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Home / India News / Pakistan looks to mark J&K move anniversary with 18-point agenda

Pakistan looks to mark J&K move anniversary with 18-point agenda

India tabled laws and resolutions in the Rajya Sabha to strip the erstwhile state of Jammu and Kashmir of its special status under the constitution and split it into two union territories, Jammu and Kashmir, and Ladakh, on August 5.

india Updated: Jul 29, 2020, 02:35 IST
Shishir Gupta
Shishir Gupta
Hindustan Times
The 18-point programme includes a visit by Imran Khan to occupied Kashmir where he is tentatively scheduled to address the assembly in a speech that will be beamed live.
The 18-point programme includes a visit by Imran Khan to occupied Kashmir where he is tentatively scheduled to address the assembly in a speech that will be beamed live.(Twitter/Imran Khan)

Pakistan Prime Minister Imran Khan who counts the campaign against India over Jammu and Kashmir as his government’s key achievement has involved the country’s spy agency, Inter Services Intelligence, or ISI, in an 18-point plan to mark the August 5 anniversary of India scrapping Article 370 that extended special status to the erstwhile state, people familiar with the development said. The ISI is accused of nurturing terror groups, mostly directed at India and Afghanistan.

The 18-point programme includes a visit by Imran Khan to occupied Kashmir where he is tentatively scheduled to address the assembly in a speech that will be beamed live. Before he reaches Muzaffarabad, Khan’s government intends a field trip for foreign journalists to the occupied territory, the people added,asking not to be identified.

India tabled laws and resolutions in the Rajya Sabha to strip the erstwhile state of Jammu and Kashmir of its special status under the constitution and split it into two union territories, Jammu and Kashmir, and Ladakh, on August 5. These were passed by the Rajya Sabha the same day, the Lok Sabha the following day, and received presidential assent on August 9.

The introduction of the law was preceded by a security and communication lockdown in Jammu and Kashmir and detention of its top political leaders. Most of them have since been released; PDP’s Mehbooba Mufti is among the exceptions.

Pakistan, which like much of the country, was taken by surprise by New Delhi’s move soon launched an international campaign against the nullification of Article 370. Imran Khan was the face of this pitch on and off Twitter. Khan even focused his speech at the United Nations General Assembly, or UNGA, last September on Kashmir, warned of a “blood bath” in the region when restrictions were lifted, prophesied a genocide on the streets of the valley and frequently referred to Pakistab’s nuke weapons to blackmail the world to intervene.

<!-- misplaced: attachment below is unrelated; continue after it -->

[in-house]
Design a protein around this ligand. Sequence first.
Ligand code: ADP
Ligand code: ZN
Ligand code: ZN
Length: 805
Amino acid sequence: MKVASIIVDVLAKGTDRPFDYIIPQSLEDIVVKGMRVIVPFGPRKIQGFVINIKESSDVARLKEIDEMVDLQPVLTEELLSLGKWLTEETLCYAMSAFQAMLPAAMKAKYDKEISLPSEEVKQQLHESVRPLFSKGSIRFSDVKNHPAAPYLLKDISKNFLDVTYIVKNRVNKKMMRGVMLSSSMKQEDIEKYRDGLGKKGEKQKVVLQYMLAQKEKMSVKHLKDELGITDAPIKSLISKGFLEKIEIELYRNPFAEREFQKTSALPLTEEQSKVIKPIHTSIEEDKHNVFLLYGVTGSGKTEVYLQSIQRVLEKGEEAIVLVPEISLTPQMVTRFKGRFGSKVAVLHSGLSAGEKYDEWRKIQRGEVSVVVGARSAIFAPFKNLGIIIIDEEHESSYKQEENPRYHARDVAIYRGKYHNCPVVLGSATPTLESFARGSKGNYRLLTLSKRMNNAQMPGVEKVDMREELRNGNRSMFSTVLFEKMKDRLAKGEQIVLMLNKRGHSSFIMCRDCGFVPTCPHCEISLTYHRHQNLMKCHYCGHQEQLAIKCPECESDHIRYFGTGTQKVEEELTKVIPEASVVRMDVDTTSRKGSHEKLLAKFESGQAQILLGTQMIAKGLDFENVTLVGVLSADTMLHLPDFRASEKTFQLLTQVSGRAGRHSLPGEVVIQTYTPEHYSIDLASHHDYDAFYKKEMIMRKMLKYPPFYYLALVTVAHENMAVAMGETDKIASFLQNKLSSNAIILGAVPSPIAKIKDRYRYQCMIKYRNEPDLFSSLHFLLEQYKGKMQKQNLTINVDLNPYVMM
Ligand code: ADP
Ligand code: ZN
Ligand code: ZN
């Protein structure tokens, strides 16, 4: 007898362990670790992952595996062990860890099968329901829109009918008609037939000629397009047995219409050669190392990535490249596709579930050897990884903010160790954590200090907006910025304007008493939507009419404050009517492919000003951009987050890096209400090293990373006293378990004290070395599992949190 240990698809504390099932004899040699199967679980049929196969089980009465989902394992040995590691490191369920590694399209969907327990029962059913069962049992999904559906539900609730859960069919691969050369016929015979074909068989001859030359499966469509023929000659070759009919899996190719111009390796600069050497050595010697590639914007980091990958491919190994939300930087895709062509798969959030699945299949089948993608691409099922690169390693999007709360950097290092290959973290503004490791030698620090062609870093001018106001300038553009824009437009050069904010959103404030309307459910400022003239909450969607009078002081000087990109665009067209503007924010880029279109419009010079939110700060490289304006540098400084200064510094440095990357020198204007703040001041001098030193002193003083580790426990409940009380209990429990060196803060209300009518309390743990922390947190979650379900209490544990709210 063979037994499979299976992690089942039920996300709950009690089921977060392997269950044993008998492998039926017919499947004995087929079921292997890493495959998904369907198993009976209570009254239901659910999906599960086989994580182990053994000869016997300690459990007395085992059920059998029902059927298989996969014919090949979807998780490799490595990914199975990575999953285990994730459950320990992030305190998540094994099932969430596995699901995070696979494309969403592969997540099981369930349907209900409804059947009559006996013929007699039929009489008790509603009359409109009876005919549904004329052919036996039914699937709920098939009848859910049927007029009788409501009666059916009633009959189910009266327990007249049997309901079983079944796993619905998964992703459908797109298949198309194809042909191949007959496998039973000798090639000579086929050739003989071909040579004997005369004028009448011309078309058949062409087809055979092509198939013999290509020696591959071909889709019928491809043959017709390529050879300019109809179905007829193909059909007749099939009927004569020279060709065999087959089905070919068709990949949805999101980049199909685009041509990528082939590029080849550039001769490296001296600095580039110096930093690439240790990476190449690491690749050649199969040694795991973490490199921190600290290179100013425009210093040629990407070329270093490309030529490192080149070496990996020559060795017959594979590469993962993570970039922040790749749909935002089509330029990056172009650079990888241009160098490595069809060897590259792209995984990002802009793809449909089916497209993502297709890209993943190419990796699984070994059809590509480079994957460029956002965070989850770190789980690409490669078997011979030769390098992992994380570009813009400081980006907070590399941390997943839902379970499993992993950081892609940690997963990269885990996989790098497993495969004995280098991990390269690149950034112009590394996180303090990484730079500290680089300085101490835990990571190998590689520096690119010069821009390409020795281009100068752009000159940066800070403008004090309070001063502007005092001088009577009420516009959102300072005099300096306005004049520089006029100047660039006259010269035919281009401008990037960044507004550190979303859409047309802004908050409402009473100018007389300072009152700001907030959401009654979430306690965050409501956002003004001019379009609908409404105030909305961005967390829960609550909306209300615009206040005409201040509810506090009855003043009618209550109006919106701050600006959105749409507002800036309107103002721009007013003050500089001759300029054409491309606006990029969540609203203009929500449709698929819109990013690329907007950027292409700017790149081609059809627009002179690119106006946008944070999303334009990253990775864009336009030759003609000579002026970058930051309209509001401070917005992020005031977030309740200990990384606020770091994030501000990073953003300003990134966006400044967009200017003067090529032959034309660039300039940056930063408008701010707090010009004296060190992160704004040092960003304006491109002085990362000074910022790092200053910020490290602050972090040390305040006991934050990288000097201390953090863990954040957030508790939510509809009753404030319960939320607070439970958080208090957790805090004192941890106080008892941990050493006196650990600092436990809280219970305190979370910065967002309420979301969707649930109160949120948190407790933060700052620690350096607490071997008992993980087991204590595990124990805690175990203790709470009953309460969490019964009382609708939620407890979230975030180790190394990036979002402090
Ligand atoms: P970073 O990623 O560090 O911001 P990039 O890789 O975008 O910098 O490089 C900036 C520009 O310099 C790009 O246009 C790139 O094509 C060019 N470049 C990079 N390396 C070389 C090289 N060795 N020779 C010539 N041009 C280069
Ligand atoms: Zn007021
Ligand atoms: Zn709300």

Only two other countries spoke of Kashmir at the UNGA: Recep Tayyip Erdoğan’s Turkey and Malaysia, then led by Mahathir Mohamad.

China also did issue two statements on the scrapping of Article 370. One asked India and Pakistan to work together on the Kashmir issue. But its primary concern was over the change of Ladakh’s status to a federally-administered territory. “China is always opposed to India’s inclusion of the Chinese territory in the western sector of the China-India boundary into its administrative jurisdiction,” China’s foreign ministry said then.

New Delhi underlined to Beijing that changing the status of an Indian territory was an “internal matter”.

For Imran Khan’s elaborate plan for August 5, Islamabad has reached out to Kuala Lumpur, Ankara and Beijing to issue statements to commemorate the first anniversary of Jammu and Kashmir’s new status, the people cited in the first instance said. Or at least release tweets to the effect.

Turkey’s Erdoğan is expected to oblige but New Delhi is watching how Malaysia responds. Kuala Lumpur has a new prime minister in Muhyiddin Yassin who took over on 1 March. A statement from China, a government official said, didn’t matter given , especially against the backdrop of its aggressive attempt expand its territory that led to the standoff and the bloody Galwan clash in east Ladakh, and the first casualties on both sides along the Line of Actual Control in 40 years.

The Pakistani foreign ministry has been told to work closely with spy agency ISI on its diplomatic outreach to Organisation of Islamic Cooperation member countries and international human rights groups, organising commemorative events - even rallies - at missions abroad and drafting a fresh memorandum to be handed over to the UN Military Observer Group in India and Pakistan headquartered in Islamabad, the people added.

Counter terror officials in New Delhi told Hindustan Times that the campaign was drawn up by the military for Imran Khan, right from documentaries, pamphlets and newspaper supplements to the tweets that would be put out. But Imran Khan will front the campaign.

The ISI created the The Resistance Front after August 5, a terror group without the religious label that could be used by Pakistan’s propaganda machine to claim that terror was home-bred in Kashmir due to Article 370, the people pointed out.

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